The term “humanism” is one of the most important terms for understanding modern history and thought. At the same time it is also one susceptible to a wide number of meanings, and thus to certain misunderstandings. Sometimes “humanism” is confused with “humanitarianism” which refers to a generalized concern for human welfare. Very often “humanism” is used as short hand for “secular humanism” – i.e. an avowedly non-religious world view which believes in man as the highest being.
The Petrarch Institute instead turns to the more primordial meaning of “humanism” in the sense of devotion to the literae humaniores or “humane letters.” “Humane” in this sense being defined by the Oxford English Dictionary as those disciplines which “..tend to humanize or refine, as the ancient classics, rhetoric, or poetry; hence elegant, or polite.” The great Renaissance scholar Paul Kristellar in his work The Classics and Renaissance Thought notes that strictly speaking the term humanism(German: humanismus) first appears rather late in the works of a German educator F.J. Niehammer in 1808 to describe the program of classical education. However according to Werner Jaeger the roots of the concept of “humane studies” in this sense of liberal education goes back much further to the Roman authors Cicero and Gellius. This was the sense expressed during the Renaissance by the Latin/Romance term humanista “humanist” to describe one who pursued the studia humanitatis(philosophy, poetry, history, grammar, and rhetoric.)
The Renaissance humanists were not in general anti-religious as a later sense of the term “humanism” might imply. Indeed Christopher Dawson notes that:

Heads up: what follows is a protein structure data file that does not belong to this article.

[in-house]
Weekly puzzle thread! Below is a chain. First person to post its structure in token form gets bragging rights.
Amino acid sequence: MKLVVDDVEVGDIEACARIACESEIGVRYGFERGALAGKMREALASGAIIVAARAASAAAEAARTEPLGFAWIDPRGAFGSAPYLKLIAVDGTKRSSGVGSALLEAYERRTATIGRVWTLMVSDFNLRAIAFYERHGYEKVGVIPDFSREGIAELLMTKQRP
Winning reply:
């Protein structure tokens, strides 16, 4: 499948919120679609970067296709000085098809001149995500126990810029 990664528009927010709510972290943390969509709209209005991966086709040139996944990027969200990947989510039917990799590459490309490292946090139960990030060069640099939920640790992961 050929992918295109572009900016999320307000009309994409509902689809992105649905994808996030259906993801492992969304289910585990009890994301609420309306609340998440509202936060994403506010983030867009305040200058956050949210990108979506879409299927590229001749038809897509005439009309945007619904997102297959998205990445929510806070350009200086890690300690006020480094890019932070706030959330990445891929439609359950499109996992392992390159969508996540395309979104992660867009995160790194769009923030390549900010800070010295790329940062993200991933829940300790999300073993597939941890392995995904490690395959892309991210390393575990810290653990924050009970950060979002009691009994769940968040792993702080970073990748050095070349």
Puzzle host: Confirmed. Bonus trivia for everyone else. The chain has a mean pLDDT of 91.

“Liberal education was the education of a Christian gentleman or citizen…the great humanist educators like Lionardo Bruni, Guarino of Verona, and Vergerio were themselves devout Christians who wished to unite the intellectual and aesthetic culture of Hellenism with Christianity.”
At the same time the humanist learning did have a different orientation from the scholastic learning of the Middle Ages.
Classical Greek thought, especially the philosophical system of Aristotle indubitably played a very major role in scholastic education during the heyday of the medieval university in the 13th century when Latin translations of the great Greek philosopher were widely available. Moreover classical learning was preserved in the monasteries and universities through the system of the Artes Liberales – the seven liberal arts consisting of the Trivium(grammar, rhetoric, logic) and Quadrivium(arithmetic, geometry, astronomy, and music) – an inheritance of late Roman educators like Martianus Capella. However for the medievals the liberal arts were essentially preparatory to the theological training of friars, monks and clergy.
The humanists saw a contrasting or perhaps complementary role for the Greek and Roman classics in the education of laymen for an active life in the world. In every walk of life, whether one was a scholar, a diplomat,a prince, or a man of commerce, classical culture was seen as a priceless asset. In our time we believe that whatever one’s personal beliefs or occupation the same holds true. Whether one works in government or the private sector, whether one is a high school student or a retiree, the possibilities for personal enrichment through classical learning remain boundless and open to all!